A while back I posted on our brief visit with Spencer Burke, creator of TheOoze.com. At the time I mentioned that Spencer had written a new book that gives a twist to universalism called The Heretic’s Guide to Heaven. On Tuesdays and Thursdays I’ll be taking a look at this book. The first section of Heretic’s Guide is called “Questioning Grace: The Future of Faith.” I like Spencer, and he has my respect for his website and for the energy and kindness he has brought to the world around him. But, and I can’t think this will surprise him, I stand on the other side of the fence when it comes to the central issues of his book.
Here are Spencer’s central theses:
1. We need to get beyond religion.
2. We need to get beyond religion to find spirituality.
3. We need to discover that Jesus can get us beyond religion to find spirituality.
4. What we find beyond religion is grace.
5. People who will take us into that grace, where we find the “sacred beyond religion,” are heretics.
Some important points:
Spencer doesn’t define his terms very well; and he has an annoying habit of using a category (say “heretic” or “religion” or “spirituality” or “grace”) and only later defining it, and then when he does he might define it in more than one way. Part of the struggle of reading Heretic’s Guide is the need to hang on because eventually Spencer will come to terms with his favorite words — religion, spirituality, and grace. But, if you do hang on, you’ll see what he means with his terms.
To begin with, I simply don’t like that he chooses the term heretic to describe himself. A heretic, in theological discussion, refers to someone who denies the central creeds of orthodoxy — and it can almost be reduced to the doctrine of the Trinity (Father, Son, Spirit). As I read this book, I’m not sure that he has denied the Trinity, but he wants to call himself a heretic because a heretic paves a new path beyond religion into spirituality and grace. Spencer chooses this term in order to provoke; I’ll accept that we need to be awakened. I just wouldn’t use that term to define what we are to be about. Not sure what you think of his use of this term.
Religion seems to me to be his term for institutional faith, esp Christianity, in its churchiness, its creeds, and its required commitments. It is finite attempts to capture the infinite (28) and, as I read him, religion is a “consensual illusion” (29). It is designed to “point the way to God, not to control the flow” (40).
Spirituality is equality, a feminine/masculine sense of God, countercultural dynamic, mystery, experience, interconnectedness, beyond authority structures, holistic individuals, the particular rather than the universal, material as much as heavenly, authenticity and honesty, and a communal, holistic celebration of the sacred that eradicates boundaries.
He repeats the mantra of our day: religion divides, spirituality unites.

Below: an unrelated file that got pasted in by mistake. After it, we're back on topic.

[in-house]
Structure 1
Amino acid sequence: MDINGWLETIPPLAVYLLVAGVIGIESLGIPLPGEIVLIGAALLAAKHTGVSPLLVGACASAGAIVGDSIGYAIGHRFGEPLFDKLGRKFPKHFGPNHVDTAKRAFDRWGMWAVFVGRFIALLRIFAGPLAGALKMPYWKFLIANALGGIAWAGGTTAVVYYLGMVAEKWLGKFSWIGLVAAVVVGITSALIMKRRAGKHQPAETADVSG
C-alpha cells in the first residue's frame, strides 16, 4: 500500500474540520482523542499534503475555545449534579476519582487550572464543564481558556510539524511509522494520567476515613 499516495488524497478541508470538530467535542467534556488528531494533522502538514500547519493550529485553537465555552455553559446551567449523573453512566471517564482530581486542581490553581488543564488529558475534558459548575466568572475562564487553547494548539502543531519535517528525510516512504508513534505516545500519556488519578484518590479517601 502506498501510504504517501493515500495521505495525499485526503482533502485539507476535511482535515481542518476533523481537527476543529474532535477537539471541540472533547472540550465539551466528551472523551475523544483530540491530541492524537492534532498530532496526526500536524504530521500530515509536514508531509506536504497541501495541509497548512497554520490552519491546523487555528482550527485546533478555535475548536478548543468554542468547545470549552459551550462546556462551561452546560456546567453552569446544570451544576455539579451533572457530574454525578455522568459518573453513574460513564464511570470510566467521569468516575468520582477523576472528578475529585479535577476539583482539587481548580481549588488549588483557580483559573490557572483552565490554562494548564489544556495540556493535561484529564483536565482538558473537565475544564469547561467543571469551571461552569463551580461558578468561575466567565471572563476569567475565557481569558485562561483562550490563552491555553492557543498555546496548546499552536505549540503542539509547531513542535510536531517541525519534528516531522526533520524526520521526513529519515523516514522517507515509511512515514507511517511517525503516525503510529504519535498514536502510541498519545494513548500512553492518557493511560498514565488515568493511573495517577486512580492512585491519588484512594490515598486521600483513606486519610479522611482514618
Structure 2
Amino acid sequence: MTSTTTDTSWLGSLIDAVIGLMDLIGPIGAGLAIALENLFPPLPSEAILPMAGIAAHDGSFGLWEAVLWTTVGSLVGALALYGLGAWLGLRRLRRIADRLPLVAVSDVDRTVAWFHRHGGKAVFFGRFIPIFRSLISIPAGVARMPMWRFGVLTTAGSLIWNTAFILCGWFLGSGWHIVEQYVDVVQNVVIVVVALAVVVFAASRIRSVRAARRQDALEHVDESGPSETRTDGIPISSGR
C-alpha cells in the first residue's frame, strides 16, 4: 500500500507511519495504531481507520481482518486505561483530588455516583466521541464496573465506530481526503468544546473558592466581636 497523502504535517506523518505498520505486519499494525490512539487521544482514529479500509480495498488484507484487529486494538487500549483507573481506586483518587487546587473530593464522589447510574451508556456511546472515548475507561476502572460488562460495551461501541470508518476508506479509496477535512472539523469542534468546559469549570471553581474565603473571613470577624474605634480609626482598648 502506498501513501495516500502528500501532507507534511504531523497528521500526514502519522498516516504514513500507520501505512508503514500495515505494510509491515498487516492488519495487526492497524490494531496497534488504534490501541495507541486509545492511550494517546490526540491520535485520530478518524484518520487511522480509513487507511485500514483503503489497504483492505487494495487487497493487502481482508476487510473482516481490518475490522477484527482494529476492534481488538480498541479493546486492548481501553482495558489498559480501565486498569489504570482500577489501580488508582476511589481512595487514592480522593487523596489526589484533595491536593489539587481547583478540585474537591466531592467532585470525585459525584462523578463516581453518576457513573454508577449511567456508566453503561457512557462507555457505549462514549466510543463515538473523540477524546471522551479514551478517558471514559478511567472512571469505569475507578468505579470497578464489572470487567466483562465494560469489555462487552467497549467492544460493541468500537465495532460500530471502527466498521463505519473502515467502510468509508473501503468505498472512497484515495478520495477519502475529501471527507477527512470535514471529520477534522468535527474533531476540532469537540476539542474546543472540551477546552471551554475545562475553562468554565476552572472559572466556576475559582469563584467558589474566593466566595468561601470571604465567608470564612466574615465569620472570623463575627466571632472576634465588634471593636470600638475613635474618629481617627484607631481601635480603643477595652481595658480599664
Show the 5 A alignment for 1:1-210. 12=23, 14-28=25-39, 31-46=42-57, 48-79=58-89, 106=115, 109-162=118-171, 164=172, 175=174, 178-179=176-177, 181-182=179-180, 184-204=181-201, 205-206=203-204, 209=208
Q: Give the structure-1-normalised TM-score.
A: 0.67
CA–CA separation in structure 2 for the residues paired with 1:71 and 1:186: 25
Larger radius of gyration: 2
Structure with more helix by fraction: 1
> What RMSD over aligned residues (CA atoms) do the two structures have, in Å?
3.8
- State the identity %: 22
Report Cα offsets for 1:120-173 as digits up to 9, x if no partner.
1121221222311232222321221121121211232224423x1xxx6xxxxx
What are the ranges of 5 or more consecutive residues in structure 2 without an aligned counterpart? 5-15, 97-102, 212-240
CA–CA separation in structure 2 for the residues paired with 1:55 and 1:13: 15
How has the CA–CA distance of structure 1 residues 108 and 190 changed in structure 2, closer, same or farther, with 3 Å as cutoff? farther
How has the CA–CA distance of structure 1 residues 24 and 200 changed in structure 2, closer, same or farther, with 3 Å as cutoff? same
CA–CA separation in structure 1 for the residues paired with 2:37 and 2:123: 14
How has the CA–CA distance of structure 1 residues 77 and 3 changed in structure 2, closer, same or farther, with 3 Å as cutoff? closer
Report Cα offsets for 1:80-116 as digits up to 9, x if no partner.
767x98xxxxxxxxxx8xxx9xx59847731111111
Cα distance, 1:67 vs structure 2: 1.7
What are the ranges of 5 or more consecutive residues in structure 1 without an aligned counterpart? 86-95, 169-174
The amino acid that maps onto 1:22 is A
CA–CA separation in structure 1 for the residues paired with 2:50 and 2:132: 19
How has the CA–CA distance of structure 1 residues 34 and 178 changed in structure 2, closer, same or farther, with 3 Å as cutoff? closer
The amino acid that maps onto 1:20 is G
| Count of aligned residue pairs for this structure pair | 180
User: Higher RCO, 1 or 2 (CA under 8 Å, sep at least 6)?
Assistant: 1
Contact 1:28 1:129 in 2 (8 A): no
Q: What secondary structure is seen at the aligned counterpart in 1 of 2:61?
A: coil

Grace tells us “we are already in unless we want to be out.” As I see it, for Spencer “grace” is God’s unconditional love, or his preemptory commitment to humans, it is the foundational commitment of God to humans, and it is guaranteed relationship with God before one asks and apart from having to do something to get it. Here’s a quotation: “We don’t experience salvation because we believe right things but because we have faith in the experience of grace” (66).
What I most like about this book is that Spencer is committed to Jesus. Here are his words:
“Do I remain personally committed to Jesus and his teachings as found in the Bible? I do” (11).
“We need to move past religion. I believe the time is right for another way of looking at the Christian message, freed from the confines of religion and open to the possibility of a radical new incarnation and manifestation. The message of Jesus needs to evolve for our times” (16).
“For me, this temptation [to postmodern narcissism] is remedied by remaining deeply committed to the teachings of Jesus” (36).
He wants us to encounter “the message of Jesus without the baggage of brand Christianity” (48).
Let me now say this: I don’t very often take authors to task on this blog. I don’t see my role here to be a book critic but a book reader who helps others to hear about things they might not otherwise have time to read. And I try to do that so we can engage the substance of a book even if we haven’t read it. But, I want to ask a couple of hard-hitting questions to see if you think I’m being fair to him and to see how he might respond.
First, do you think his definitions of “heretic” or “religion” or “spirituality” or “grace” are consistent with the last point I made: consistent with the teachings of Jesus. I think each could be challenged by Jesus.
Second, has Spencer redefined by grace by making it nothing other than God’s unconditional love? Is there a distinction between “grace” and “love” in the Bible and in the teachings of Jesus? Does the former refer to those who have spurned the latter or are they synonymous?
Would Jesus recognize a quest for the unity that comes from spirituality or did he find unity in another way? In light of the teachings of Jesus, did Jesus believe in unity or did he think his teachings would also create division? How does that play into what Spencer says about spirituality?
Jesus’ favorite word was “kingdom.” How does Kingdom relate to what Spencer means by religion, spirituality, and grace?
In the end, what I see here is the quest to form a unity of spirituality while following a teacher who cut into the fabric of an entire world and summoned people to follow him and, if I read him aright, Jesus created all kinds of division. You can’t capture Jesus into a spirituality of unity — it won’t work.